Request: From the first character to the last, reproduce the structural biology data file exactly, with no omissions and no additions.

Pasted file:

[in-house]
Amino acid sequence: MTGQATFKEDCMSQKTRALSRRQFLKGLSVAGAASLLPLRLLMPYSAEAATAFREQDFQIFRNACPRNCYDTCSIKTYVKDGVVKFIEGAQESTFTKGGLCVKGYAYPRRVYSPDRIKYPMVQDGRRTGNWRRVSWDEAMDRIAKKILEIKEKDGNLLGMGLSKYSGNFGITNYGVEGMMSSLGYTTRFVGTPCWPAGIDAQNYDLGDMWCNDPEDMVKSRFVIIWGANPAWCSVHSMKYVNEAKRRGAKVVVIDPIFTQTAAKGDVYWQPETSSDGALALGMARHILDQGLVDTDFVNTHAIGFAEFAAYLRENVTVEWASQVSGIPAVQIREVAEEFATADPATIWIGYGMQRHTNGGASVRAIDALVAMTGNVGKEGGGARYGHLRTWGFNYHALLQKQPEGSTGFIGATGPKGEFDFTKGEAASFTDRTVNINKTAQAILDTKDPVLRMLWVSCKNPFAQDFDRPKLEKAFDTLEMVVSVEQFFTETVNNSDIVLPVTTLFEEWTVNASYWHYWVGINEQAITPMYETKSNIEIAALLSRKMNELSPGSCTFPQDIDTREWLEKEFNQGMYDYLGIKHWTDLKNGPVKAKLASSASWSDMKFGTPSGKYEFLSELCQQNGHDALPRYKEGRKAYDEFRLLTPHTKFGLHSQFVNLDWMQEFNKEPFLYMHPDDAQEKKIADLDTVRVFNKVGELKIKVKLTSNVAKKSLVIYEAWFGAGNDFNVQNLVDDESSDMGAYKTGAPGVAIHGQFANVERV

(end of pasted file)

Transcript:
[in-house]
Amino acid sequence: MTGQATFKEDCMSQKTRALSRRQFLKGLSVAGAASLLPLRLLMPYSAEAATAFREQDFQIFRNACPRNCYDTCSIKTYVKDGVVKFIEGAQESTFTKGGLCVKGYAYPRRVYSPDRIKYPMVQDGRRTGNWRRVSWDEAMDRIAKKILEIKEKDGNLLGMGLSKYSGNFGITNYGVEGMMSSLGYTTRFVGTPCWPAGIDAQNYDLGDMWCNDPEDMVKSRFVIIWGANPAWCSVHSMKYVNEAKRRGAKVVVIDPIFTQTAAKGDVYWQPETSSDGALALGMARHILDQGLVDTDFVNTHAIGFAEFAAYLRENVTVEWASQVSGIPAVQIREVAEEFATADPATIWIGYGMQRHTNGGASVRAIDALVAMTGNVGKEGGGARYGHLRTWGFNYHALLQKQPEGSTGFIGATGPKGEFDFTKGEAASFTDRTVNINKTAQAILDTKDPVLRMLWVSCKNPFAQDFDRPKLEKAFDTLEMVVSVEQFFTETVNNSDIVLPVTTLFEEWTVNASYWHYWVGINEQAITPMYETKSNIEIAALLSRKMNELSPGSCTFPQDIDTREWLEKEFNQGMYDYLGIKHWTDLKNGPVKAKLASSASWSDMKFGTPSGKYEFLSELCQQNGHDALPRYKEGRKAYDEFRLLTPHTKFGLHSQFVNLDWMQEFNKEPFLYMHPDDAQEKKIADLDTVRVFNKVGELKIKVKLTSNVAKKSLVIYEAWFGAGNDFNVQNLVDDESSDMGAYKTGAPGVAIHGQFANVERV